My question relates to some of what she was saying. She was very focused on my behaviors and words post dday. For example, she brought up the fact that I said she was going to hell in an prior argument in front of the kids (I did indeed yell, with the kids in the other room, that I would see both her and her AP in hell at the end of an argument). She brought up the fact that I wouldn't pick her up in another state when her mother's car broke down. She said I didn't care about her health since I didn't want to hear about her scan results. She listed all of these things as reasons that our M is over and that her attempts to keep it together (the extent of which post dday was to say she was sorry and give me some lame ass hugs, before heading off and texting and calling her AP) failed as a result.
My question is court related. How do judges react to comments that behaviors post dday are the reason a marriage has broken down, and do they take that into consideration in their decisions? I would think that logically any behavior (on both sides) post dday is not the norm, and thus irrelevant (unless it is some grossly irregular behavior like stealing money or physical assault). But none of this is logical, so thus my question.
I'm sorry I don't know your story, but it seems like it's probably a doozy.
I apologize if this is a stupid or insensitive question, but if your WW's death is truly "impending", why are you two divorcing? It seems like an emotional and very expensive exercise in futility at this time.
As to your question, your WW will undoubtedly attempt to characterize you in the worst way to the courts. Recent examples of outbursts and bad behaviors will surely be used. I'm not sure how much bearing these types of character defamations have in the judge's decisions, but they are painful to read in court documents and not a lot of fun to defend against in court.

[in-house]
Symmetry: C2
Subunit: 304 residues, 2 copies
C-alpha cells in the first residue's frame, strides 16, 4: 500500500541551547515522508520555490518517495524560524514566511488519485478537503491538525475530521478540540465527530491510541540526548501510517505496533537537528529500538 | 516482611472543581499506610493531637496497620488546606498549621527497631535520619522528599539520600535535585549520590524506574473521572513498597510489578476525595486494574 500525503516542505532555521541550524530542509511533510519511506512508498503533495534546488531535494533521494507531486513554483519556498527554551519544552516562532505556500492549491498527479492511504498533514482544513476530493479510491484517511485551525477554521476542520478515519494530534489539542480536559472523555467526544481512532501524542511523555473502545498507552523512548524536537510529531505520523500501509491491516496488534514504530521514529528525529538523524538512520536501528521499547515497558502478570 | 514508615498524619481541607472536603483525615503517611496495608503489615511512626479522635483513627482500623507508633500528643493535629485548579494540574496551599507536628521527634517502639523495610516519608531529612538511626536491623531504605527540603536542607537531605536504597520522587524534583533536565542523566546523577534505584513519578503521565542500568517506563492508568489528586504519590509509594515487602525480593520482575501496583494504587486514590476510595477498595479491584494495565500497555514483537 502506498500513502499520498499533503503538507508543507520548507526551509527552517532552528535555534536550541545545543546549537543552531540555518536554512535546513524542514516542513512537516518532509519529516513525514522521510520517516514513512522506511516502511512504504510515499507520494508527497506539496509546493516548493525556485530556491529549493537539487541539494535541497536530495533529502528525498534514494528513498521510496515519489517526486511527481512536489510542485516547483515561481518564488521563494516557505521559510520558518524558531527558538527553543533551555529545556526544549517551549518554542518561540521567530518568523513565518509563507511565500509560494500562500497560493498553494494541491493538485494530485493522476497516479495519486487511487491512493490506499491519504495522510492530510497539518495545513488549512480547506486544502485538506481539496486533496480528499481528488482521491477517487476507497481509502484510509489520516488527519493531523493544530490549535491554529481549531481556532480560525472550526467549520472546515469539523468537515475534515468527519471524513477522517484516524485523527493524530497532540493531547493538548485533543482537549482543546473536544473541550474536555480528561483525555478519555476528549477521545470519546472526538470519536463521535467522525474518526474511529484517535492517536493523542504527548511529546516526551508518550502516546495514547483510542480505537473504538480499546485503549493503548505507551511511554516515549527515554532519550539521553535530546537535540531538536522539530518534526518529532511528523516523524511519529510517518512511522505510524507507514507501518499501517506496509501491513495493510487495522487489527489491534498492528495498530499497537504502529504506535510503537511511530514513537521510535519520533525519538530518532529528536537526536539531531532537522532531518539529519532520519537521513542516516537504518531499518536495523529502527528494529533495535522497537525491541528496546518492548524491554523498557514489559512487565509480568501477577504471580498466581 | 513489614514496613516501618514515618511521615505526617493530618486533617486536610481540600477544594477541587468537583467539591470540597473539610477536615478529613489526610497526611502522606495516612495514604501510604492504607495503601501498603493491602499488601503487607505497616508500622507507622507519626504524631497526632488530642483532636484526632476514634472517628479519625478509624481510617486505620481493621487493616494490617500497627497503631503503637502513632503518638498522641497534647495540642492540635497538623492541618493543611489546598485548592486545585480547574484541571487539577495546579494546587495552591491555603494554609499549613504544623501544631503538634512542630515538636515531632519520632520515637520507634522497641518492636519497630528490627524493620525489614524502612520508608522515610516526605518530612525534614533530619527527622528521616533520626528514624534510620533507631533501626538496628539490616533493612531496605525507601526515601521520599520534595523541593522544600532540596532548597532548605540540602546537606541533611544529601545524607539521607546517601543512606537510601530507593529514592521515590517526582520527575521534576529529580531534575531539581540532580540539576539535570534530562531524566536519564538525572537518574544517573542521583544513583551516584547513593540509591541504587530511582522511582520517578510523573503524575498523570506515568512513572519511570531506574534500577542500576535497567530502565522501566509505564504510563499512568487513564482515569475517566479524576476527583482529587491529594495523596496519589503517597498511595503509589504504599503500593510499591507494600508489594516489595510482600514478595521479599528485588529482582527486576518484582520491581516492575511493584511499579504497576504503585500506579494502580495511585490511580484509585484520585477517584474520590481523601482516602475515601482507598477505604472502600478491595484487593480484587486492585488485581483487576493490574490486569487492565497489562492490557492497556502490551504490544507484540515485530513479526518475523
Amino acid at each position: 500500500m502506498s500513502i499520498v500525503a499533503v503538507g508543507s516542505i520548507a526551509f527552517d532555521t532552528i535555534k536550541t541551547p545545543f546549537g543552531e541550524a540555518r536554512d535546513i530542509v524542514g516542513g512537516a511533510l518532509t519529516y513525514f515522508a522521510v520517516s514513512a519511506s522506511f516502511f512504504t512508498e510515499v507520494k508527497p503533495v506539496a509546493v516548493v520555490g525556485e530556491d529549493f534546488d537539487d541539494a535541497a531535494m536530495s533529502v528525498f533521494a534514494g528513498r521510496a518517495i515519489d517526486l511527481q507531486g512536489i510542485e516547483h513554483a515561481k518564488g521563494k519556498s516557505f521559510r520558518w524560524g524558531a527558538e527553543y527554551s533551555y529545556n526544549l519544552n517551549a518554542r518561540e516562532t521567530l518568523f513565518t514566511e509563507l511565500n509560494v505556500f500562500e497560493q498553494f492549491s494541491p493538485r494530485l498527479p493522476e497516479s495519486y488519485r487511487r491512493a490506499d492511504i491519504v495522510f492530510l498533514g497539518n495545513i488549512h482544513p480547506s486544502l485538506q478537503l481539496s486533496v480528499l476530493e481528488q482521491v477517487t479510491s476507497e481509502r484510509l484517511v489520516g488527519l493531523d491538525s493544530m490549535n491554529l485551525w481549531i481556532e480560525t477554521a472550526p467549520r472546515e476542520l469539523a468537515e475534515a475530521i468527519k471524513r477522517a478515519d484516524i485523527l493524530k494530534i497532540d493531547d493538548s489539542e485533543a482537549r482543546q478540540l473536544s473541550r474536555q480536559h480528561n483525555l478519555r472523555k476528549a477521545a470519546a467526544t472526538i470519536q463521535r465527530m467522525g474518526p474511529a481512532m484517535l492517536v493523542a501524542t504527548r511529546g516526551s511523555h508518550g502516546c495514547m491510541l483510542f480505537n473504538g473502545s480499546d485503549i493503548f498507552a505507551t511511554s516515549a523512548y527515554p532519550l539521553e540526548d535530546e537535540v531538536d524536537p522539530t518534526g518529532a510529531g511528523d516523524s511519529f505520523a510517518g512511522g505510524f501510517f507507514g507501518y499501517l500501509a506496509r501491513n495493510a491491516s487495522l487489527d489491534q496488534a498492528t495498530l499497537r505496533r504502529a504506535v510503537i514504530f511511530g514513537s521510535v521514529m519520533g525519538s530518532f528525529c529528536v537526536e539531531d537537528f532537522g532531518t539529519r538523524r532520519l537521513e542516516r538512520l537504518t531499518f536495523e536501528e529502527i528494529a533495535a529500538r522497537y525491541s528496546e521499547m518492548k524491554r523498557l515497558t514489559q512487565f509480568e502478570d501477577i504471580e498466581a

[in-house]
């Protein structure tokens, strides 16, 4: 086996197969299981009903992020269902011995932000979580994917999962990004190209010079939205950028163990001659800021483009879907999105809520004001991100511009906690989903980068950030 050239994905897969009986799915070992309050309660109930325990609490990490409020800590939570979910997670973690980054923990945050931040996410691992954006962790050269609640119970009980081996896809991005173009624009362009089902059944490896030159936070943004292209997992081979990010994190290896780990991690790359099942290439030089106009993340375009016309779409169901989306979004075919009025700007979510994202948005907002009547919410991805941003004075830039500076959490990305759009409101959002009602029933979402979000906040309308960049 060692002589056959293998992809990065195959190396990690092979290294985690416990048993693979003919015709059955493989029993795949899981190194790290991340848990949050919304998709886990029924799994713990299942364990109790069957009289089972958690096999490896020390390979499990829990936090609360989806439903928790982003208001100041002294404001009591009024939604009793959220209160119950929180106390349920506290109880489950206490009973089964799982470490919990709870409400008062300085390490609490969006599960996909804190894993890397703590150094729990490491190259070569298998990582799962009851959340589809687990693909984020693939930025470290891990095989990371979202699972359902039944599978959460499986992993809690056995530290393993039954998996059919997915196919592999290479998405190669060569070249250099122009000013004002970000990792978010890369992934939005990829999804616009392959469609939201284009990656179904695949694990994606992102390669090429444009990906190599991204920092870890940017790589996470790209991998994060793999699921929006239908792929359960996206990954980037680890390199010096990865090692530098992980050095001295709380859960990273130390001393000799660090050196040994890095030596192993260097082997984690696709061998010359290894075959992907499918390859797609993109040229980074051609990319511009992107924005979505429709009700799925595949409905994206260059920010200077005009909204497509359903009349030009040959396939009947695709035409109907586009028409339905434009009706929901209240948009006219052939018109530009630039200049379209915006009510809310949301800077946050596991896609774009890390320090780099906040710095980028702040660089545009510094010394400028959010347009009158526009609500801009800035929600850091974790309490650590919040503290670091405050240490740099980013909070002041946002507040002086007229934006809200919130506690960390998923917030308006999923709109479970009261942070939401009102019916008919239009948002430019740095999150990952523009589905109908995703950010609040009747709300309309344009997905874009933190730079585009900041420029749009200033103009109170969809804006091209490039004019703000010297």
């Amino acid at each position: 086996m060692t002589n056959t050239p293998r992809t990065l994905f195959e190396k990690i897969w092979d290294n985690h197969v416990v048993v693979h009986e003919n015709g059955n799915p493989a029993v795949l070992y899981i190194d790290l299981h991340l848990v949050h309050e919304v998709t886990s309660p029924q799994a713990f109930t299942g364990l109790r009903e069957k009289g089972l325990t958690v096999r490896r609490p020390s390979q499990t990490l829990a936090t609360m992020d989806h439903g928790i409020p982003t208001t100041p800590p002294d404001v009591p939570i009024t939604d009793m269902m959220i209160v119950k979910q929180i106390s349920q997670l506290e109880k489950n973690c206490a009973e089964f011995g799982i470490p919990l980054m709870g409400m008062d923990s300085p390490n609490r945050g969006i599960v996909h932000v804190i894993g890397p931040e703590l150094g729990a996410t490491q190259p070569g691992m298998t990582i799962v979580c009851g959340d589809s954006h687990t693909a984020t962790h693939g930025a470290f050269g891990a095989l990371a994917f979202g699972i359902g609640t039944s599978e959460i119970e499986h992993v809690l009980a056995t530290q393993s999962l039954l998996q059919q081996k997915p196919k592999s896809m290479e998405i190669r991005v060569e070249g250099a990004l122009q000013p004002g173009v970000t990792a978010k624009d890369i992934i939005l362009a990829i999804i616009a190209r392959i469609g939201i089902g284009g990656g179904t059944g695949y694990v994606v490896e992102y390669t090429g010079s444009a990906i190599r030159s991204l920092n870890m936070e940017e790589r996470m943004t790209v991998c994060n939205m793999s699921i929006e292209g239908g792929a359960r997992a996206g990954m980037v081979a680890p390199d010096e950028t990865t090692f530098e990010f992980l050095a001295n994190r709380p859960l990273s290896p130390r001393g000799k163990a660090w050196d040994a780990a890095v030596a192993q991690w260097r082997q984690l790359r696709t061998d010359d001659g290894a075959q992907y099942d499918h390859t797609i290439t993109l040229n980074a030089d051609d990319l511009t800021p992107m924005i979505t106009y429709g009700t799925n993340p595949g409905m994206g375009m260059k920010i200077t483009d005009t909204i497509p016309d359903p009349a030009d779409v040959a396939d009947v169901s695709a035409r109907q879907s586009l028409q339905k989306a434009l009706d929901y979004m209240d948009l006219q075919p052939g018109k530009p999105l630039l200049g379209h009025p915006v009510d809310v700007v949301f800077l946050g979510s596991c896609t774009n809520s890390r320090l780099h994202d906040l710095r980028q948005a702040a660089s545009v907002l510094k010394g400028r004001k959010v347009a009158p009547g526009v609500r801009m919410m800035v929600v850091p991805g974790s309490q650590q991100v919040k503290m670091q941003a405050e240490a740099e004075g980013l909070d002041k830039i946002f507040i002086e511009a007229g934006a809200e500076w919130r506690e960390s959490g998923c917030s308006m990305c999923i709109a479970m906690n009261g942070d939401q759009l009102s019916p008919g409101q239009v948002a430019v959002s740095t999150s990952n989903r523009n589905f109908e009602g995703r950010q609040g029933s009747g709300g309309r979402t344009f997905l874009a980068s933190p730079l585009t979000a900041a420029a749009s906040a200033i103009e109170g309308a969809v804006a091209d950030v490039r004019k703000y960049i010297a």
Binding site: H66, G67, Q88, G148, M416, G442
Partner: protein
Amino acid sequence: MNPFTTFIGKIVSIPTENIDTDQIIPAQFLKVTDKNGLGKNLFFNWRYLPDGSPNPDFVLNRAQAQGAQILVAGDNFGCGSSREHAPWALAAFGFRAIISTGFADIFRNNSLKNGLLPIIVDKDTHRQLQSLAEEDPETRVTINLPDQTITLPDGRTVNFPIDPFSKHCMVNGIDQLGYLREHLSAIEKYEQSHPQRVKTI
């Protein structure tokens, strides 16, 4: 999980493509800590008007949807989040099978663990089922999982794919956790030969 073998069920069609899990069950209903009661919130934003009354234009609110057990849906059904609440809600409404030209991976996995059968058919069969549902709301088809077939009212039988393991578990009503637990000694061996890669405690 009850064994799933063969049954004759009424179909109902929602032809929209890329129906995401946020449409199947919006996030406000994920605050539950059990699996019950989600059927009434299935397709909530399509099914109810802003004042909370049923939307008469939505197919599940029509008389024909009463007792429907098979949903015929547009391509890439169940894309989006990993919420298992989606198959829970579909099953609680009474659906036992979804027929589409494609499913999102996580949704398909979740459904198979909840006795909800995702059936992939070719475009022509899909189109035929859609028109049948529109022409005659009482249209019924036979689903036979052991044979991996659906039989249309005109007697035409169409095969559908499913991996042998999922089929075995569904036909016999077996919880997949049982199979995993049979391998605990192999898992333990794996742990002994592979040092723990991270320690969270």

But I still just keep circling back to "why bother going through a divorce with a dying spouse?"
Everybody, soon or late, sits down to a banquet of consequences.
~Robert Louis Stevenson
Actually the other piece is that my WW and her AP are both lawyers (both of whom have worked family law) so I am constantly aware that they know how to manipulate everything I say or do into something that would go against me, no matter my intent.
[This message edited by kg201 at 12:46 PM, September 25th (Wednesday)]
you live in a no fault state right? you have been documenting and saving texts correct? I don't think your comments will carry any more weight than her having an affair did.
I do think the fact that they are both lawyers and practiced in family law means you should have your lawyer on speed dial. IMO you need to file the divorce papers and follow through. who knows how they can use the system to further screw you over? you can put an end to the games by getting the divorce finalized.
she is remorseless and unrepentance. protect yourself and your children as best you are able. follow your lawyer's advice to the letter.
no contact, kids in finance is only as best you can in this situation!
Yes the car thing was the week after dday. She was indicating at that point that she wasn't going to leave him. The anger at my not taking care of her or her claim that I don't care about her health is one of the more bizarre things, as I even took her to two appointments after dday, before I told her I wouldn't anymore.
I have an appointment with the lawyer tomorrow. Figuring out with our situation whether a divorce makes sense or not really is the key question I have for him. We'll see tomorrow.
[This message edited by kg201 at 1:53 PM, September 25th (Wednesday)]
Given you are being tag-teamed by 2 family law attorneys, you are definitely going to need counsel of your own.
I think you need to be very concerned that OM is likely trying to hone in on money that should be going to your children after your WW's death. There must be ways to ensure that your WW's life insurance policies remain in place for your children. And if it can be ordered, that her estate be left to the children regardless of whether she remarries following your D.
Write your questions all down prior to your visit with the atty. That way you'll be sure to get the answers you need.
I wonder if it might be a good idea for you to consult with an estate atty as well?
[This message edited by woundedby2 at 2:21 PM, September 25th (Wednesday)]